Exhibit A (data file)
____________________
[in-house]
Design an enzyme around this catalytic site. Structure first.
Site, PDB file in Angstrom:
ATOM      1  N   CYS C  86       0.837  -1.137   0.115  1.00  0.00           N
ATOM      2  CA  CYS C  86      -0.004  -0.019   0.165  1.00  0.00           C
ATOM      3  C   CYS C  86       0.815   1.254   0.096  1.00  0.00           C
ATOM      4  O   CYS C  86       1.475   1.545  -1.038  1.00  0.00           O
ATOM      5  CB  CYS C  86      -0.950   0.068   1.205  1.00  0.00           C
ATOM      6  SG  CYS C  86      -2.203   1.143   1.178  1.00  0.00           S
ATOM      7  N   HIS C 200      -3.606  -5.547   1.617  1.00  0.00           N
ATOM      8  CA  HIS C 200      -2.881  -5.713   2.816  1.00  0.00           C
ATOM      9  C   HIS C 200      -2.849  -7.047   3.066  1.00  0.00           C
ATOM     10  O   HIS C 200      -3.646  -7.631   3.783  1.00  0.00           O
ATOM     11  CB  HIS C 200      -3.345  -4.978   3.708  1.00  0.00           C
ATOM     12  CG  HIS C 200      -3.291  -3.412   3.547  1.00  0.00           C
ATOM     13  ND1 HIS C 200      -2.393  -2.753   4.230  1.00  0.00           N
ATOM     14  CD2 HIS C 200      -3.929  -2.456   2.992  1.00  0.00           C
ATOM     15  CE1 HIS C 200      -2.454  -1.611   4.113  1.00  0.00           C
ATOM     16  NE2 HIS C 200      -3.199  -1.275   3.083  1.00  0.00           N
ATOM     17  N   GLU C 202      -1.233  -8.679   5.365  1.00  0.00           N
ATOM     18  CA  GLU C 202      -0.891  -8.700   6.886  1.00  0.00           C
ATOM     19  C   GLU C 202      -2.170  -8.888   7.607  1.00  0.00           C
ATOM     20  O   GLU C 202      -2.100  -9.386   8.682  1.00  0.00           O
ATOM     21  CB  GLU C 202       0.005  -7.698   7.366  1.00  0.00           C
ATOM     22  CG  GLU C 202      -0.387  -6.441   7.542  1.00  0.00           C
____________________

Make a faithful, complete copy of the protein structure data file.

[in-house]
Design an enzyme around this catalytic site. Structure first.
Site, PDB file in Angstrom:
ATOM      1  N   CYS C  86       0.837  -1.137   0.115  1.00  0.00           N
ATOM      2  CA  CYS C  86      -0.004  -0.019   0.165  1.00  0.00           C
ATOM      3  C   CYS C  86       0.815   1.254   0.096  1.00  0.00           C
ATOM      4  O   CYS C  86       1.475   1.545  -1.038  1.00  0.00           O
ATOM      5  CB  CYS C  86      -0.950   0.068   1.205  1.00  0.00           C
ATOM      6  SG  CYS C  86      -2.203   1.143   1.178  1.00  0.00           S
ATOM      7  N   HIS C 200      -3.606  -5.547   1.617  1.00  0.00           N
ATOM      8  CA  HIS C 200      -2.881  -5.713   2.816  1.00  0.00           C
ATOM      9  C   HIS C 200      -2.849  -7.047   3.066  1.00  0.00           C
ATOM     10  O   HIS C 200      -3.646  -7.631   3.783  1.00  0.00           O
ATOM     11  CB  HIS C 200      -3.345  -4.978   3.708  1.00  0.00           C
ATOM     12  CG  HIS C 200      -3.291  -3.412   3.547  1.00  0.00           C
ATOM     13  ND1 HIS C 200      -2.393  -2.753   4.230  1.00  0.00           N
ATOM     14  CD2 HIS C 200      -3.929  -2.456   2.992  1.00  0.00           C
ATOM     15  CE1 HIS C 200      -2.454  -1.611   4.113  1.00  0.00           C
ATOM     16  NE2 HIS C 200      -3.199  -1.275   3.083  1.00  0.00           N
ATOM     17  N   GLU C 202      -1.233  -8.679   5.365  1.00  0.00           N
ATOM     18  CA  GLU C 202      -0.891  -8.700   6.886  1.00  0.00           C
ATOM     19  C   GLU C 202      -2.170  -8.888   7.607  1.00  0.00           C
ATOM     20  O   GLU C 202      -2.100  -9.386   8.682  1.00  0.00           O
ATOM     21  CB  GLU C 202       0.005  -7.698   7.366  1.00  0.00           C
ATOM     22  CG  GLU C 202      -0.387  -6.441   7.542  1.00  0.00           C